At no point in recorded history has there been an absence of intense, and heated, discussion about the subject of how to conduct relations between women and men. This Handbook provides a comprehensive guide to these omnipresent issues and debates, mapping the present and future of thinking about feminist theory.

The chapters gathered here present the state of the art in scholarship in the field, covering: Epistemology and marginality; Literary, visual and cultural representations; Sexuality; Macro and microeconomics of gender; Conflict and peace.

The most important consensus in this volume is that a central organizing tenet of feminism is its willingness to examine the ways in which gender and relations between women and men have been (and are) organized. The authors bring a shared commitment to the critical appraisal of gender relations, as well as a recognition that to think ‘theoretically’ is not to detach concerns from lived experience but to extend the possibilities of understanding.

With this focus on theory and theorizing about the world in which we live, this Handbook asks us, across all disciplines and situations, to abandon our taken-for-granted assumptions about the world and interrogate both the origin and the implications of our ideas about gender relations and feminism.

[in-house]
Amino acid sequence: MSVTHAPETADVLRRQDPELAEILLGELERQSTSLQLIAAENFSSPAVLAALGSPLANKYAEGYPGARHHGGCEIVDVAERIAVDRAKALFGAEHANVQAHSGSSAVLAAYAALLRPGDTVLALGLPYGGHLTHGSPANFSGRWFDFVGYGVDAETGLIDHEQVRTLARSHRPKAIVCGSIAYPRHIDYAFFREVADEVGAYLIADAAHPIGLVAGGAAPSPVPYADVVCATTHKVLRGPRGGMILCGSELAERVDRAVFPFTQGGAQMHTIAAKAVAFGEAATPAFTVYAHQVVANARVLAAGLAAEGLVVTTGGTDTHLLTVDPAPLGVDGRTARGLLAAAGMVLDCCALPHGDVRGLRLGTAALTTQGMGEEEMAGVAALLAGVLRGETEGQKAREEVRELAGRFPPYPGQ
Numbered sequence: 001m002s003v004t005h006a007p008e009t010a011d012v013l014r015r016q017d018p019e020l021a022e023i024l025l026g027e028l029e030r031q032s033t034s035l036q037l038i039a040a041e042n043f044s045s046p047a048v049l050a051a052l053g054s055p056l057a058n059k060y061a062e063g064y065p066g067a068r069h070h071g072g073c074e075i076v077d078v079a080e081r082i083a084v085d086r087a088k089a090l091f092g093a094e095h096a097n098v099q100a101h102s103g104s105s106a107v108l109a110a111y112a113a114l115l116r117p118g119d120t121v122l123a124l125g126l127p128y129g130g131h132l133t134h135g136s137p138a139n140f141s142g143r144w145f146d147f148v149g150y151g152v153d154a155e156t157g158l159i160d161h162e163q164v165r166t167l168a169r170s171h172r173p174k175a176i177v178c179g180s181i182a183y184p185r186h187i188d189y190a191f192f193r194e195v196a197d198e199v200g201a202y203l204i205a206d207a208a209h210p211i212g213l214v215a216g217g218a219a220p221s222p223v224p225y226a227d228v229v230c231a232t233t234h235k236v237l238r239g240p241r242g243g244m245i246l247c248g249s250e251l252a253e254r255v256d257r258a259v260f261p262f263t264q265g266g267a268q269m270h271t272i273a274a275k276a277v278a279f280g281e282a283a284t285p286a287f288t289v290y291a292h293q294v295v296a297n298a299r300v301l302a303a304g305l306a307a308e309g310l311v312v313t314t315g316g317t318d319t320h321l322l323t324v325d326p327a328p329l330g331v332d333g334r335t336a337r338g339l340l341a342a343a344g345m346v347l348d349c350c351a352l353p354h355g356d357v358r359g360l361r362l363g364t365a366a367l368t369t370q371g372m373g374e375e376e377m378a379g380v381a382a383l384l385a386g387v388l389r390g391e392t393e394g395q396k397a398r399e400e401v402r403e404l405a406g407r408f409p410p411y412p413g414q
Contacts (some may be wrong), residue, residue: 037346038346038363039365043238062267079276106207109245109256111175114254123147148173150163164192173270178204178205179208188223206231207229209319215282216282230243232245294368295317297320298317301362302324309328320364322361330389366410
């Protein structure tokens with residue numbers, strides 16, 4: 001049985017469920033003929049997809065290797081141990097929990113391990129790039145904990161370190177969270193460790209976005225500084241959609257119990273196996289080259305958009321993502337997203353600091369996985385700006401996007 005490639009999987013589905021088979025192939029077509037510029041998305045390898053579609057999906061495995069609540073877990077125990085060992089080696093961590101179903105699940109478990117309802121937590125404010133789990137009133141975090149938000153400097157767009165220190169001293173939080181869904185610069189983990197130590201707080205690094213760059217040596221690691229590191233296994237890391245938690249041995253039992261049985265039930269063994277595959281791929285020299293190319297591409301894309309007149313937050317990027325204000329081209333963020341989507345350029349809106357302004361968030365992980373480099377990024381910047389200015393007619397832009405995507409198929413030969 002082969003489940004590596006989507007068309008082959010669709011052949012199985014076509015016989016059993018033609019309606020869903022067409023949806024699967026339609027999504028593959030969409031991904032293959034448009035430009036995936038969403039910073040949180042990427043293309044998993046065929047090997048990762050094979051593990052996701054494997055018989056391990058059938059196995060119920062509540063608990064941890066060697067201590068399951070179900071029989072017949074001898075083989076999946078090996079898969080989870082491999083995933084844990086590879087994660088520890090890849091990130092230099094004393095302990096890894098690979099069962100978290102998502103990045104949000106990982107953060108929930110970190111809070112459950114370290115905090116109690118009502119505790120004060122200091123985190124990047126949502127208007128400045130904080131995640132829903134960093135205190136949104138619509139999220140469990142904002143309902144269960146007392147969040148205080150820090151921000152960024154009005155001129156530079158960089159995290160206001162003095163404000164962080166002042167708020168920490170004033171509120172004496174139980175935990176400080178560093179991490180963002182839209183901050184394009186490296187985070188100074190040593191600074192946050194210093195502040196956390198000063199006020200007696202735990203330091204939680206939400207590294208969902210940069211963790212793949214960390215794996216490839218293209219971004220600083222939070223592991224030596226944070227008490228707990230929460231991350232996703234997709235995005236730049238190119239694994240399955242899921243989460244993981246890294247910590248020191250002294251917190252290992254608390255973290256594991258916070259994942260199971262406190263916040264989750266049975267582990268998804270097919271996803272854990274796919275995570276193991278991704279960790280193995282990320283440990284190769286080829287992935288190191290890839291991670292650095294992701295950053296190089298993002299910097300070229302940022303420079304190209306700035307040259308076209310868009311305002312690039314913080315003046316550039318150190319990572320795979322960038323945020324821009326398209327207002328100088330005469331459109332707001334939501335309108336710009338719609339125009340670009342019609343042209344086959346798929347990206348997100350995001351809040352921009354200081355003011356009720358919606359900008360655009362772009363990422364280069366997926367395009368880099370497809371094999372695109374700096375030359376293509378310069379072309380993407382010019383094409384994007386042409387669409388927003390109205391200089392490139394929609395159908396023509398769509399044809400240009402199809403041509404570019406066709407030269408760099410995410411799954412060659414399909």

It is an essential reference work for advanced students and academics not only of feminist theory, but of gender and sexuality across the humanities and social sciences.

Understanding Sexual Violence in Conflict and Post-Conflict Settings

Understanding Sexual Violence in Conflict and Post-Conflict Settings

Understanding sexual violence in conflict and post-conflict settings
Maria ErikssonBaaz and MariaStern

Sexual violence and its extreme consequences are not intrinsic to conflict and displacement. Rather, there is a sense that rape leaves the perpetrator without blood on their hands – that it can be put down to ‘biological need’ or the ‘fog of war’. So we must be clear: mass rape is no more natural, inevitable or acceptable than mass murder.1

The soldiers went after my daughter and I knew they would rape her. But she resisted and said she would rather die than be with them. They cut off her left breast and put it in her hand. They said: ‘Do you refuse still?’ She said she would ...

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